Many people with multiple sclerosis experience bowel problems. One of the possible problems is constipation, when hard stools (poo or faeces) are passed less than three times a week.
There are many successful approaches to managing constipation and straightforward lifestyle changes to diet and exercise can make a real difference. There are also a variety of treatment options available and health professionals, including your MS specialist nurse, GP and continence services can work with you to find the ones that are right for you.
Multiple sclerosis can affect vision in several ways. Problems with sight can be an early symptom of MS.
Difficulty swallowing (also known as dysphagia) is a possible symptom of multiple sclerosis. Support is available to help manage the effects of swallowing problems.
Problems with how you speak can be a symptom of multiple sclerosis for some people. MS speech disorders include slurring of speech and problems with the quality of your voice (dysarthria) and difficulty remembering specific words (dysphasia).
A speech and language therapist may be involved in helping you cope with speech problems.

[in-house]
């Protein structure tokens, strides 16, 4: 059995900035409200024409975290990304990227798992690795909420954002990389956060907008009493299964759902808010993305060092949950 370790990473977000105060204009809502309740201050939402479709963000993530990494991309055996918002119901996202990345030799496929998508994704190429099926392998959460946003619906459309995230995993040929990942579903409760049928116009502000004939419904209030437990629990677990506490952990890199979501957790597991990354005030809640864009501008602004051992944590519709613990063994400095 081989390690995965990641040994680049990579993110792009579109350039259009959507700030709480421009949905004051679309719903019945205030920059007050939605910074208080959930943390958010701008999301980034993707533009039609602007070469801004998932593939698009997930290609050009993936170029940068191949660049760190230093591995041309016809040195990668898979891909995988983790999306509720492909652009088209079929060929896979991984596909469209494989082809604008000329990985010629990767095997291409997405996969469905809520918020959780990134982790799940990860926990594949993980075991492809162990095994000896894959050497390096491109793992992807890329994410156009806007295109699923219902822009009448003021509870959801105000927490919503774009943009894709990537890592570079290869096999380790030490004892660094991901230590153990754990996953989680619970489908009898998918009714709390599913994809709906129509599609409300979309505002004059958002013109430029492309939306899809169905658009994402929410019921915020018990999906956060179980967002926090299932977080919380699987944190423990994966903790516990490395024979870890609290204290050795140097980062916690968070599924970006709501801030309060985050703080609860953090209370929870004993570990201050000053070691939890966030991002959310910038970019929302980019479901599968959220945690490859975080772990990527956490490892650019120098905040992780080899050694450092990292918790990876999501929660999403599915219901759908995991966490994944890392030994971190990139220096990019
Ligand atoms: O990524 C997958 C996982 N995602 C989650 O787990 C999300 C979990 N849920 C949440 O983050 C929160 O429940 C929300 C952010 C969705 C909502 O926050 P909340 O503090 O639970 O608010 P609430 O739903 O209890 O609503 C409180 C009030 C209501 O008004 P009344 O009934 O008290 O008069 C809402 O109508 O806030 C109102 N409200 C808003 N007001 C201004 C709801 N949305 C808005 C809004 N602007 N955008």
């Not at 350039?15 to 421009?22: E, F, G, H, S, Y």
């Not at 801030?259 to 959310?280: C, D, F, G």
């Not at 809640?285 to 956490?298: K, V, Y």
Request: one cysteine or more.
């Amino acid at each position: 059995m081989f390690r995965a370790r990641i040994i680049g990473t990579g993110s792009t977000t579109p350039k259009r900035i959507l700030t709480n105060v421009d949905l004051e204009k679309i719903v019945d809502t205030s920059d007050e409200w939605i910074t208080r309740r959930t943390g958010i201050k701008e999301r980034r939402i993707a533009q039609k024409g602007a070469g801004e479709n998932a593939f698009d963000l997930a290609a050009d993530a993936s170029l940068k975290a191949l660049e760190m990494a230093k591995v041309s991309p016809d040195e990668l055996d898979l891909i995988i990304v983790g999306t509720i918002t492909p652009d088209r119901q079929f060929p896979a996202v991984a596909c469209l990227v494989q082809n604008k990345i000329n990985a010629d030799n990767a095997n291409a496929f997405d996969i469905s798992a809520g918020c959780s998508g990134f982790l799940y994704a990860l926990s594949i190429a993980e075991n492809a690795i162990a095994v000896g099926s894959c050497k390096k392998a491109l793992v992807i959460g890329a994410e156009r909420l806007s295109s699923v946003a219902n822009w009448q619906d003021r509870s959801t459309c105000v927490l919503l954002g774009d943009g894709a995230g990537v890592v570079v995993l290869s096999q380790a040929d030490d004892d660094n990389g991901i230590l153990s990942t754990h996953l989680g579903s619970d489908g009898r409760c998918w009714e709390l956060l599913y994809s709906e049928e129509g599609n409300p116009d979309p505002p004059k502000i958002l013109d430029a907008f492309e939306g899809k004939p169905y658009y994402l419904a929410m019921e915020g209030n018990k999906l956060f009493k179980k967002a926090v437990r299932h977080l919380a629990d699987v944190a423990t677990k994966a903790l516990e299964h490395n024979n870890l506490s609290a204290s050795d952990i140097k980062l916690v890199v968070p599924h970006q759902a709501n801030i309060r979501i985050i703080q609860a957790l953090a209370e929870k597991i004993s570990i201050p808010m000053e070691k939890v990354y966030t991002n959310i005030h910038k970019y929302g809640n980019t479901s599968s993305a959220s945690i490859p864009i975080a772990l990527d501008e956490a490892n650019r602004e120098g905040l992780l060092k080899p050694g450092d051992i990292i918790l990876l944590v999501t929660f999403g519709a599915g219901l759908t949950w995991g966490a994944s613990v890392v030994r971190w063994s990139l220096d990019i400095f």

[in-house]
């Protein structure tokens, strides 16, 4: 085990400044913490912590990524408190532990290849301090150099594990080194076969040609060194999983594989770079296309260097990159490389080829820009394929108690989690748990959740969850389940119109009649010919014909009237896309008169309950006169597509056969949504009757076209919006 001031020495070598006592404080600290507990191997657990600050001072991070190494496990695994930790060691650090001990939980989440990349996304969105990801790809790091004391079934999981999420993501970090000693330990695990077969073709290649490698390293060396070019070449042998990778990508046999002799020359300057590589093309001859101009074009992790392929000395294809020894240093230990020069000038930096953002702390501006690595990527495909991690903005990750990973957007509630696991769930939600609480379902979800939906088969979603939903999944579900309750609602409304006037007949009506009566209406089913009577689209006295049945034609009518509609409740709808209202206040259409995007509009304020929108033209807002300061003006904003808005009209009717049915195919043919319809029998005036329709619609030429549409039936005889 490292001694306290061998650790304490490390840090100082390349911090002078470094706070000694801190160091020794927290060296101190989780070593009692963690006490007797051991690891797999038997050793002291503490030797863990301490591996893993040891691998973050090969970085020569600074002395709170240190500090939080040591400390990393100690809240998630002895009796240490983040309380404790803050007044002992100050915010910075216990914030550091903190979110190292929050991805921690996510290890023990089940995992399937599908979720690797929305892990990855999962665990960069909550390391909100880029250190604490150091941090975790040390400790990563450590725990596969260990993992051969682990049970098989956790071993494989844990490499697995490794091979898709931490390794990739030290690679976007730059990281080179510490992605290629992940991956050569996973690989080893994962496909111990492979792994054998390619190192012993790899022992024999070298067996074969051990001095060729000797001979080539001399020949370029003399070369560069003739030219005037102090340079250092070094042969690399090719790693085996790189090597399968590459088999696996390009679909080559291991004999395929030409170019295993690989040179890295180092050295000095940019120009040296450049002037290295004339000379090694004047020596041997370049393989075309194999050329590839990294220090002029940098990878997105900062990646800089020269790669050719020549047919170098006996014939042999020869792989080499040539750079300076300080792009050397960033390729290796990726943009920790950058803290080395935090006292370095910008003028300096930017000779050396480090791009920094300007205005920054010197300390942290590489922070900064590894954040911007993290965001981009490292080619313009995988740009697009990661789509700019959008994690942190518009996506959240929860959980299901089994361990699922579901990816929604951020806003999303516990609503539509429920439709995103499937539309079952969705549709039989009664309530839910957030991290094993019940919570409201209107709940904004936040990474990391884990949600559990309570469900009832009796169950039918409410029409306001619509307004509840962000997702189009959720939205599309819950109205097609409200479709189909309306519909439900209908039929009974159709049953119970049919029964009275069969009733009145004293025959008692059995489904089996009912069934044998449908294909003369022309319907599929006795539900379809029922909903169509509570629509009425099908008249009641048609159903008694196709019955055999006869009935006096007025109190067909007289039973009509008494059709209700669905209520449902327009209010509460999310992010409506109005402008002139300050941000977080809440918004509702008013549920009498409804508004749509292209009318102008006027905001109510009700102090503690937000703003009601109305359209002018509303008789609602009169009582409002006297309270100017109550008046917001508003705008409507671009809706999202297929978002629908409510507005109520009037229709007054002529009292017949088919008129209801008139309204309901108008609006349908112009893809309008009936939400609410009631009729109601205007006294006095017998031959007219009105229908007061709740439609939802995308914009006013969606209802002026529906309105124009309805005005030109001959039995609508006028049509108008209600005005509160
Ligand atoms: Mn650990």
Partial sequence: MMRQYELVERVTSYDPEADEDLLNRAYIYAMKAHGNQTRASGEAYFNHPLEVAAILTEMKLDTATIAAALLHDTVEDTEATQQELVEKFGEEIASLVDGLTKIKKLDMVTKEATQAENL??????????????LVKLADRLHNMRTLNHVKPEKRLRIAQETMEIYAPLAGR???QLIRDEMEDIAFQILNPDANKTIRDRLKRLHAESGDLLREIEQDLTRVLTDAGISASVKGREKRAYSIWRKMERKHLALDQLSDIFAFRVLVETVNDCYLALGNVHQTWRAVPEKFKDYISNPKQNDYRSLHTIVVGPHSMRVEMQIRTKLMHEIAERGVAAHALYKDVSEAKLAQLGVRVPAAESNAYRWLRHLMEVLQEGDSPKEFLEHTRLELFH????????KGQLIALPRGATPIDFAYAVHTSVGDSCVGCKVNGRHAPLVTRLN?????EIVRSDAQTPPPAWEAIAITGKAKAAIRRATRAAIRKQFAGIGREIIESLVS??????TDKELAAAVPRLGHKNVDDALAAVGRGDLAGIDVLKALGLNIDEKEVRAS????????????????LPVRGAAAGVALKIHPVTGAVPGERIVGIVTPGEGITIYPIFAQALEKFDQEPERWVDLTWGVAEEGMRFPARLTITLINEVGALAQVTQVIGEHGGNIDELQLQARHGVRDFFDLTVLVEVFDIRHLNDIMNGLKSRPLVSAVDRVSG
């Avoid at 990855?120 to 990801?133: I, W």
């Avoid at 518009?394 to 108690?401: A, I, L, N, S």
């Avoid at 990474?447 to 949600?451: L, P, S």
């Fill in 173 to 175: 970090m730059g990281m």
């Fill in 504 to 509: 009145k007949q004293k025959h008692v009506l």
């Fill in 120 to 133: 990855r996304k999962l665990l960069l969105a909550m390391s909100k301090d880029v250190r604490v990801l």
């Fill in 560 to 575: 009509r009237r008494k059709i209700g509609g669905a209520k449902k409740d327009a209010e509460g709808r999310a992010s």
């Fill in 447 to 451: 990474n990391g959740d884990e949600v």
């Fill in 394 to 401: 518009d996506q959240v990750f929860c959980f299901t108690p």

Foot drop, or dropped foot, is a symptom of multiple sclerosis caused by weakness in the ankle or disruption in the nerve pathway between the legs and the brain. This disruption means it is difficult to lift the front of the foot to the correct angle during walking. As a result, the foot hangs down and may catch or drag along the ground and can cause trips and falls.
Poor sleep is common in people with multiple sclerosis, with about 50% of people with MS reported to experience some form of sleep disturbance. Despite this being well known, sleep disorders are under-diagnosed and under-treated in people with MS.
Some people with multiple sclerosis find that they experience sudden episodes of uncontrollable laughing and/or crying at inappropriate times, or which are unrelated, or out of proportion, to their current mood.
This can happen if MS lesions have occurred in the areas of the brain that control your emotions. These excessive emotional symptoms are known by a number of names including:
Sexual difficulties are common in women with MS. Not all sexual problems will be as a direct result of multiple sclerosis and often result from a complex interaction of physical, social, psychological and emotional elements.
You may find it awkward or embarrassing to talk about sex, but there is support available. The key element in managing sexual issues is the willingness to discuss problems.